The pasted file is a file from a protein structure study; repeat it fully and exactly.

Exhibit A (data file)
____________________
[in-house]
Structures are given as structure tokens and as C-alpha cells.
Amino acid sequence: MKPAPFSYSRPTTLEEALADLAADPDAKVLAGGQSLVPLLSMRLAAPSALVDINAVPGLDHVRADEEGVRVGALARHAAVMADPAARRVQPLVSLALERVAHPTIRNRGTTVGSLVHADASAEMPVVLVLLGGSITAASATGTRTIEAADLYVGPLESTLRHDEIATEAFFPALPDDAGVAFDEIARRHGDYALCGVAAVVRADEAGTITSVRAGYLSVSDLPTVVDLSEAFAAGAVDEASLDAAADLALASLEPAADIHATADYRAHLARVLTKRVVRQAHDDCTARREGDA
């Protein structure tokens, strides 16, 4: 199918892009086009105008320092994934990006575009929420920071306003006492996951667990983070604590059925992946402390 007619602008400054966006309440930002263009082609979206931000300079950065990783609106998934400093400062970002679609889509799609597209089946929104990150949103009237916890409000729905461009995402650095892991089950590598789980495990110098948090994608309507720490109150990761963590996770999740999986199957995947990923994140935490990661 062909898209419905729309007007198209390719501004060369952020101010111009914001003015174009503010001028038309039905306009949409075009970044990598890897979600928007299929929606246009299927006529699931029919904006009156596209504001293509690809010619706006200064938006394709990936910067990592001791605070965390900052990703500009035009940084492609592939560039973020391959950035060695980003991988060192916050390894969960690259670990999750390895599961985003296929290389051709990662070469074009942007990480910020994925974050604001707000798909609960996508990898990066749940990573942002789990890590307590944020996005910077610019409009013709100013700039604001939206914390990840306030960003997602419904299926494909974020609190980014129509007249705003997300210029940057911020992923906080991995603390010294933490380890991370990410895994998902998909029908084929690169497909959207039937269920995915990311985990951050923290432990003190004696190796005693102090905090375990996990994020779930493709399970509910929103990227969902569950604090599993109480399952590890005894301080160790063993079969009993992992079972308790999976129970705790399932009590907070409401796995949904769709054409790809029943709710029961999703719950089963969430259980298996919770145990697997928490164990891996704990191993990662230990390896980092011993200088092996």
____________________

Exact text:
[in-house]
Structures are given as structure tokens and as C-alpha cells.
Amino acid sequence: MKPAPFSYSRPTTLEEALADLAADPDAKVLAGGQSLVPLLSMRLAAPSALVDINAVPGLDHVRADEEGVRVGALARHAAVMADPAARRVQPLVSLALERVAHPTIRNRGTTVGSLVHADASAEMPVVLVLLGGSITAASATGTRTIEAADLYVGPLESTLRHDEIATEAFFPALPDDAGVAFDEIARRHGDYALCGVAAVVRADEAGTITSVRAGYLSVSDLPTVVDLSEAFAAGAVDEASLDAAADLALASLEPAADIHATADYRAHLARVLTKRVVRQAHDDCTARREGDA
């Protein structure tokens, strides 16, 4: 199918892009086009105008320092994934990006575009929420920071306003006492996951667990983070604590059925992946402390 007619602008400054966006309440930002263009082609979206931000300079950065990783609106998934400093400062970002679609889509799609597209089946929104990150949103009237916890409000729905461009995402650095892991089950590598789980495990110098948090994608309507720490109150990761963590996770999740999986199957995947990923994140935490990661 062909898209419905729309007007198209390719501004060369952020101010111009914001003015174009503010001028038309039905306009949409075009970044990598890897979600928007299929929606246009299927006529699931029919904006009156596209504001293509690809010619706006200064938006394709990936910067990592001791605070965390900052990703500009035009940084492609592939560039973020391959950035060695980003991988060192916050390894969960690259670990999750390895599961985003296929290389051709990662070469074009942007990480910020994925974050604001707000798909609960996508990898990066749940990573942002789990890590307590944020996005910077610019409009013709100013700039604001939206914390990840306030960003997602419904299926494909974020609190980014129509007249705003997300210029940057911020992923906080991995603390010294933490380890991370990410895994998902998909029908084929690169497909959207039937269920995915990311985990951050923290432990003190004696190796005693102090905090375990996990994020779930493709399970509910929103990227969902569950604090599993109480399952590890005894301080160790063993079969009993992992079972308790999976129970705790399932009590907070409401796995949904769709054409790809029943709710029961999703719950089963969430259980298996919770145990697997928490164990891996704990191993990662230990390896980092011993200088092996």